- Visit http://libraries.towson.edu/reservations, select the time slot in the room you want, and then complete the reservation form
- You will receive an email confirmation when you book or cancel a group study room
- You must have a print or electronic copy of your confirmed reservation when occupying the room
What happens if my group is late for our reservation?
- If your group does not arrive within the first 15 minutes of your reservation, you will forfeit your right to the space and the room will be open on a first come, first served basis until the next reservation.
Anything else I need to know?
- When not reserved or occupied, group study rooms are open on a first-come, first-served basis
- Library staff reserve the right to cancel any room reservation. You will receive email notification of the cancellation
Are you a faculty member who is teaching one or more sections of the Towson Seminar this semester? Are your TSEM students writing a research paper as part of that class?
If you answered yes to both of these questions, you should nominate the top paper from each of your sections for Cook Library’s Towson Seminar Information Literacy Award.
What is the award?
Albert S. Cook Library wishes to recognize emerging research and scholarship with an award for Towson Seminar students.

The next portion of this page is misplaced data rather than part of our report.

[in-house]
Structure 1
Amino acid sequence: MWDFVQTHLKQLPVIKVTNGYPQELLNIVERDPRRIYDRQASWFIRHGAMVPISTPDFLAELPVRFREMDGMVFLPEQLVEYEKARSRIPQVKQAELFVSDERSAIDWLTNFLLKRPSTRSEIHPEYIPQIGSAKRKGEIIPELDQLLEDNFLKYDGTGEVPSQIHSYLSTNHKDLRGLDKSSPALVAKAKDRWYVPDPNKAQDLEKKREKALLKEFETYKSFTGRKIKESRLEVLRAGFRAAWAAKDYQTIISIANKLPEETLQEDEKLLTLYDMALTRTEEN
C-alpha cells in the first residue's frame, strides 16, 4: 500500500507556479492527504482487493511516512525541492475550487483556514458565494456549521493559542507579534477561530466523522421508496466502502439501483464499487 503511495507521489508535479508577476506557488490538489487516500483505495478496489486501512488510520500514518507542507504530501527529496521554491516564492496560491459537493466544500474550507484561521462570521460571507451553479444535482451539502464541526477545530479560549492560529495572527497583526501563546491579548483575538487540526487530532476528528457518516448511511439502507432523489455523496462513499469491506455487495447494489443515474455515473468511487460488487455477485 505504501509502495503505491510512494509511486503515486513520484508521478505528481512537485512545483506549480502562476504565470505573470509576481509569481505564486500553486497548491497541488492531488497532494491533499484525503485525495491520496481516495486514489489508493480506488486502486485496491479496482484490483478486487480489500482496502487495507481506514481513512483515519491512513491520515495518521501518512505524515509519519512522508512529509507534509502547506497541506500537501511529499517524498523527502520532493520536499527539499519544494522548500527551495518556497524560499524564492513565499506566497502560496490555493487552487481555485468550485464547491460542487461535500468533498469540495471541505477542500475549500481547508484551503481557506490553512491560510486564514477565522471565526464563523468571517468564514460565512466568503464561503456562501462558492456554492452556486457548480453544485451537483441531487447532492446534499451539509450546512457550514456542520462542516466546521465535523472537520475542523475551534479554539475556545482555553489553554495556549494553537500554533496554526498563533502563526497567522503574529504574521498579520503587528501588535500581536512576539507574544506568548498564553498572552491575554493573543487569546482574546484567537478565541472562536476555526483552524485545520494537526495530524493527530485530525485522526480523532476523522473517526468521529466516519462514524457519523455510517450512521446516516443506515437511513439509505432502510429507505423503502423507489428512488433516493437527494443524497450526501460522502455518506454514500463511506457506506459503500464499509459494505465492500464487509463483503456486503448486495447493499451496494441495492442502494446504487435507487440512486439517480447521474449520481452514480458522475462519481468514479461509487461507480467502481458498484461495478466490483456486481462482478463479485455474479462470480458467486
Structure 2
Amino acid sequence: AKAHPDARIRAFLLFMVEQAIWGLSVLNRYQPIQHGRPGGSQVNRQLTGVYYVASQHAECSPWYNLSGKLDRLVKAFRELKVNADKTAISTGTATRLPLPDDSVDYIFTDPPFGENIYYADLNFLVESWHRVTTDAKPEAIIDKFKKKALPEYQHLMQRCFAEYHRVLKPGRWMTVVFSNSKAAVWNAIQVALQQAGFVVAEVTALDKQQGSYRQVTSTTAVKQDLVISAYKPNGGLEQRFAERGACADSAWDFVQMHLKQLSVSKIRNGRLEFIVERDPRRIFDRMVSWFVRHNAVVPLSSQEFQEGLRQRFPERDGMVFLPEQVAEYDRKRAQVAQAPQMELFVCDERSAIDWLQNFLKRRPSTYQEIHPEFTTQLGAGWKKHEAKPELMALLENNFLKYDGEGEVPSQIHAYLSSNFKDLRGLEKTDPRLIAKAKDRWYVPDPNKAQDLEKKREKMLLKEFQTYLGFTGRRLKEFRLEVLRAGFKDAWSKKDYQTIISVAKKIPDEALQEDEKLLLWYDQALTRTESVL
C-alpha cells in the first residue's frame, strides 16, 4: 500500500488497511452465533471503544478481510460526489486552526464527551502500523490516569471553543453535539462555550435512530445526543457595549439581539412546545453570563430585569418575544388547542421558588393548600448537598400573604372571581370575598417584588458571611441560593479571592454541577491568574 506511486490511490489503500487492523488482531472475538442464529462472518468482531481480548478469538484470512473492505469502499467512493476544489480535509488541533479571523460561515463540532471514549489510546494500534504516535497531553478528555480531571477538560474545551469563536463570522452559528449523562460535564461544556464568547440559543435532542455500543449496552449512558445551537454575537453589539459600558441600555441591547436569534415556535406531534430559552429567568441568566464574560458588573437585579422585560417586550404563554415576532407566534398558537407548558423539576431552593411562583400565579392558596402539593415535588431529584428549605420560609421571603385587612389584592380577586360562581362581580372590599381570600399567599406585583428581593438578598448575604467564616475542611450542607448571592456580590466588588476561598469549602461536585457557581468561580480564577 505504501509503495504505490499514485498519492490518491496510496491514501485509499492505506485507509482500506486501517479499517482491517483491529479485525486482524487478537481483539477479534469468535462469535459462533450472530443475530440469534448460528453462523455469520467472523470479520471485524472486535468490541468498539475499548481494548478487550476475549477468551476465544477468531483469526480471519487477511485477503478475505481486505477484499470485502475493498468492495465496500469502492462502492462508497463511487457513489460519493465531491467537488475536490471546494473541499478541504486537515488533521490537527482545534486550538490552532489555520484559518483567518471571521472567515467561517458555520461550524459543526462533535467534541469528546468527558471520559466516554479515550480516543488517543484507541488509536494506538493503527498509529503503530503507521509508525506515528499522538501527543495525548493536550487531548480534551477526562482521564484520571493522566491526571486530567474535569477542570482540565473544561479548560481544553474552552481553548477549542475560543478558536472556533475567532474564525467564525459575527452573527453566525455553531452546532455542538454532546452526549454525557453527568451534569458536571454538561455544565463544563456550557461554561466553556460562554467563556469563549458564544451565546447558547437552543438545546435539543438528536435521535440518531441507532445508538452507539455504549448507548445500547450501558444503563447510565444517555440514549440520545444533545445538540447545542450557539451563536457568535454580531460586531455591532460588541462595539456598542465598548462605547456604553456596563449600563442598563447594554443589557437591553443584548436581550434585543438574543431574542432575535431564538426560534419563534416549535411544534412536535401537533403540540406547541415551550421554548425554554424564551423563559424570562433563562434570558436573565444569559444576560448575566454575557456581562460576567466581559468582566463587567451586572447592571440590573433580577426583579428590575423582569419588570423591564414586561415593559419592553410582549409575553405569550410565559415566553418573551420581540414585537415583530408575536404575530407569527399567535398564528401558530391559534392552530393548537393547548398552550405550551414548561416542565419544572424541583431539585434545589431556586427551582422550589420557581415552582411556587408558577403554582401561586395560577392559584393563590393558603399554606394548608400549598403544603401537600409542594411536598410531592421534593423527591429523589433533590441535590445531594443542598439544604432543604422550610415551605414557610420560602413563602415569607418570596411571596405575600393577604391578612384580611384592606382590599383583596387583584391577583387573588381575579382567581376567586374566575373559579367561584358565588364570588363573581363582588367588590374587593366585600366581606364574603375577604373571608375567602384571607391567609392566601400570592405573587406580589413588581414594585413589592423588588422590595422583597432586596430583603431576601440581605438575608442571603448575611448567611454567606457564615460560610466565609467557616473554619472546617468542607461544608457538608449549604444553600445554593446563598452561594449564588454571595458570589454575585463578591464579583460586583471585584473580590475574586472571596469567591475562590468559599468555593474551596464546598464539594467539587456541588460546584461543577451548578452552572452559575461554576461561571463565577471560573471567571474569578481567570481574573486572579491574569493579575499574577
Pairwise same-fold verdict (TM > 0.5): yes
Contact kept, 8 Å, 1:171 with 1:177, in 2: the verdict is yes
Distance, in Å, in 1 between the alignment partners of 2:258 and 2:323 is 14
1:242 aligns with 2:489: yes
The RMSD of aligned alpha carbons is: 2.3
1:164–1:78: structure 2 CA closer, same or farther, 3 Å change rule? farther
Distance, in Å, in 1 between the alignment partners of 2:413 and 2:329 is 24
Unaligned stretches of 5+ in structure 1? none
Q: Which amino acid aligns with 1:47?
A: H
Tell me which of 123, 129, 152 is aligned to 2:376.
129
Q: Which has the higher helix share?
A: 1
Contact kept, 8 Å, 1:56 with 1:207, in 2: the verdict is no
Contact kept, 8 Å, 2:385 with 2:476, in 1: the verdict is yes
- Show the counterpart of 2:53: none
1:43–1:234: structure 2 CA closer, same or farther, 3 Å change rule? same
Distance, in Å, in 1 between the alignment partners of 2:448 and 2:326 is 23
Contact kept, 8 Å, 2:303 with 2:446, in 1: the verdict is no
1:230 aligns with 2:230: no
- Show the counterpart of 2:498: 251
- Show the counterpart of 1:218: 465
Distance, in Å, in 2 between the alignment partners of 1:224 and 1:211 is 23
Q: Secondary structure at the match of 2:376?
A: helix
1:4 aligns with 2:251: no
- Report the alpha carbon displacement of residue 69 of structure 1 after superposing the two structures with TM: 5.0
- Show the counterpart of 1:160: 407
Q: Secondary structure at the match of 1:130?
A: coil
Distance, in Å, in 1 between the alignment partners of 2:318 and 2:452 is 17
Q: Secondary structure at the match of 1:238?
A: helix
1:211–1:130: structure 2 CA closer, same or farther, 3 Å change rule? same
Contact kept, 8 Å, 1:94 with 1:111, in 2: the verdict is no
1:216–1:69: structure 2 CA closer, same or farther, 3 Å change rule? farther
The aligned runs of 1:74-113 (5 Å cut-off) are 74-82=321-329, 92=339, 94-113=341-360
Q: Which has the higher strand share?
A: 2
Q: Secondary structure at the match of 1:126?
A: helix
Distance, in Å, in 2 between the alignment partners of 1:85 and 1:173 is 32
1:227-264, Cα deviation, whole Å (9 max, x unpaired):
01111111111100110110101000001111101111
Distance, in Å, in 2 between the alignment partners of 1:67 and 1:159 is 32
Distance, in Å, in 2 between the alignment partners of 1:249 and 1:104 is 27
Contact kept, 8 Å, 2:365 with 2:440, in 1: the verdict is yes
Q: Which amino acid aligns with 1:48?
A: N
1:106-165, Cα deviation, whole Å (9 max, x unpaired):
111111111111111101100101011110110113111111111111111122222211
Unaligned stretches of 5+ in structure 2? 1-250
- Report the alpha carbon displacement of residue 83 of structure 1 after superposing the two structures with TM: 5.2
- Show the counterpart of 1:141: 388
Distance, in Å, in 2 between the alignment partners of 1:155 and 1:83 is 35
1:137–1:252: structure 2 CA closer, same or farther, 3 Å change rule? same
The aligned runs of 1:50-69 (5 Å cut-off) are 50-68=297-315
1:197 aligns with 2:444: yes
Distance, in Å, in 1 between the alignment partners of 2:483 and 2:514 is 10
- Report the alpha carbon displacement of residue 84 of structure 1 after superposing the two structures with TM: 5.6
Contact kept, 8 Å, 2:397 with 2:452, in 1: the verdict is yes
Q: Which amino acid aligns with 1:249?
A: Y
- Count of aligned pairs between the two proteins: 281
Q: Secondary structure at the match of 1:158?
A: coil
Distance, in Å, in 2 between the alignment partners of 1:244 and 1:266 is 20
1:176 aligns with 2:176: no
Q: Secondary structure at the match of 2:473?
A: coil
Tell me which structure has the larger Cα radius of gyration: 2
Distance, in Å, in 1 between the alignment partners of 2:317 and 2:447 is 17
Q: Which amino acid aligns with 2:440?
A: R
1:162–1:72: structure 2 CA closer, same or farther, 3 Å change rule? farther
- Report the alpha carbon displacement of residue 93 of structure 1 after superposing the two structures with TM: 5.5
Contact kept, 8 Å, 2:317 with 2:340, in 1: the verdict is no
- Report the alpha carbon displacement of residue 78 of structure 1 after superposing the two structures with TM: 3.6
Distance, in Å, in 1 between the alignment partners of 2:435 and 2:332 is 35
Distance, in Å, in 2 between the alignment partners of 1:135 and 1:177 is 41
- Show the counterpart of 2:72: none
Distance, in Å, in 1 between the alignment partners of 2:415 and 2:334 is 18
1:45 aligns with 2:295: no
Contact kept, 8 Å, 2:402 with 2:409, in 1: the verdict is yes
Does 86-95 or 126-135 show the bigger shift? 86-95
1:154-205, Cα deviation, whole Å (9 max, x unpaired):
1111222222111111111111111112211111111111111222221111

Instructors may nominate one outstanding paper from each section of their Towson Seminar per fall and spring semester.
One student winner will be chosen each fall and spring semester. Instructors and students will receive recognition at an annual award ceremony, an individual award plaque, a $50 prize, and a nameplate on the commemorative plaque kept at Albert S. Cook Library. The winning entries will be placed in an institutional repository to be shared with students, faculty, and staff at Towson University.
What are the award criteria?
Winning papers will be evaluated based on the use of information literacy skills, as well as the quality of research, clarity of writing, and adherence to citation standards.
80% of the evaluation will be based on Information Literacy skills and award-winning papers will demonstrate many of the following qualities:
- Paper is accurate and sources are well-documented.
- Shows analysis, evaluation, and interpretation of sources.
- Incorporates a variety of research sources, including authoritative works from many different areas.
- Places topic in wider disciplinary context.
- Research is balanced, including varying opinions, source types, authors, and levels of scholarship.
20% of the evaluation will be based on the clarity and formatting of the student’s paper and award-winning papers will demonstrate the following qualities:
- Paper is original, transitions are logical, narrative is clear, appropriate, organized, and well-presented.